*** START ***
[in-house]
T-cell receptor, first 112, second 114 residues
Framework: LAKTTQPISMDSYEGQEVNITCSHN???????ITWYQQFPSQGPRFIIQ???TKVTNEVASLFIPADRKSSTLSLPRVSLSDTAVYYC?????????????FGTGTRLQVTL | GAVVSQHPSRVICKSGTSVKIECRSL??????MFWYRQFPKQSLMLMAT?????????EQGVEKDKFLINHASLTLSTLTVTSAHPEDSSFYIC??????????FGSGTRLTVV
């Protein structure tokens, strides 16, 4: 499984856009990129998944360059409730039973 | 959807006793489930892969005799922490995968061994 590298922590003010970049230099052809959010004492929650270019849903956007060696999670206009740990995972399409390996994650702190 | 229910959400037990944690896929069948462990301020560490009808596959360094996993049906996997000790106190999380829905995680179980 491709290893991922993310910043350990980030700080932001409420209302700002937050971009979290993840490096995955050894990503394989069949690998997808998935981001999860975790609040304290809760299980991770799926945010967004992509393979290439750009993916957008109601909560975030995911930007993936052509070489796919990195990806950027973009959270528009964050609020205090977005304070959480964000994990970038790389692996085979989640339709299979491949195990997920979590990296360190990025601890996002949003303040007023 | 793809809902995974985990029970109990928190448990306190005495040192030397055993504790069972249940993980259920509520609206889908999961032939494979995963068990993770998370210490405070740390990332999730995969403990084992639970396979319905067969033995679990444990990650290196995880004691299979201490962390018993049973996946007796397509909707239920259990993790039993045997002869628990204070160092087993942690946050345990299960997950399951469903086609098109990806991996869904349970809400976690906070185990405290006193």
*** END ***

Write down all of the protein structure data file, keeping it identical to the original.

[in-house]
T-cell receptor, first 112, second 114 residues
Framework: LAKTTQPISMDSYEGQEVNITCSHN???????ITWYQQFPSQGPRFIIQ???TKVTNEVASLFIPADRKSSTLSLPRVSLSDTAVYYC?????????????FGTGTRLQVTL | GAVVSQHPSRVICKSGTSVKIECRSL??????MFWYRQFPKQSLMLMAT?????????EQGVEKDKFLINHASLTLSTLTVTSAHPEDSSFYIC??????????FGSGTRLTVV
């Protein structure tokens, strides 16, 4: 499984856009990129998944360059409730039973 | 959807006793489930892969005799922490995968061994 590298922590003010970049230099052809959010004492929650270019849903956007060696999670206009740990995972399409390996994650702190 | 229910959400037990944690896929069948462990301020560490009808596959360094996993049906996997000790106190999380829905995680179980 491709290893991922993310910043350990980030700080932001409420209302700002937050971009979290993840490096995955050894990503394989069949690998997808998935981001999860975790609040304290809760299980991770799926945010967004992509393979290439750009993916957008109601909560975030995911930007993936052509070489796919990195990806950027973009959270528009964050609020205090977005304070959480964000994990970038790389692996085979989640339709299979491949195990997920979590990296360190990025601890996002949003303040007023 | 793809809902995974985990029970109990928190448990306190005495040192030397055993504790069972249940993980259920509520609206889908999961032939494979995963068990993770998370210490405070740390990332999730995969403990084992639970396979319905067969033995679990444990990650290196995880004691299979201490962390018993049973996946007796397509909707239920259990993790039993045997002869628990204070160092087993942690946050345990299960997950399951469903086609098109990806991996869904349970809400976690906070185990405290006193």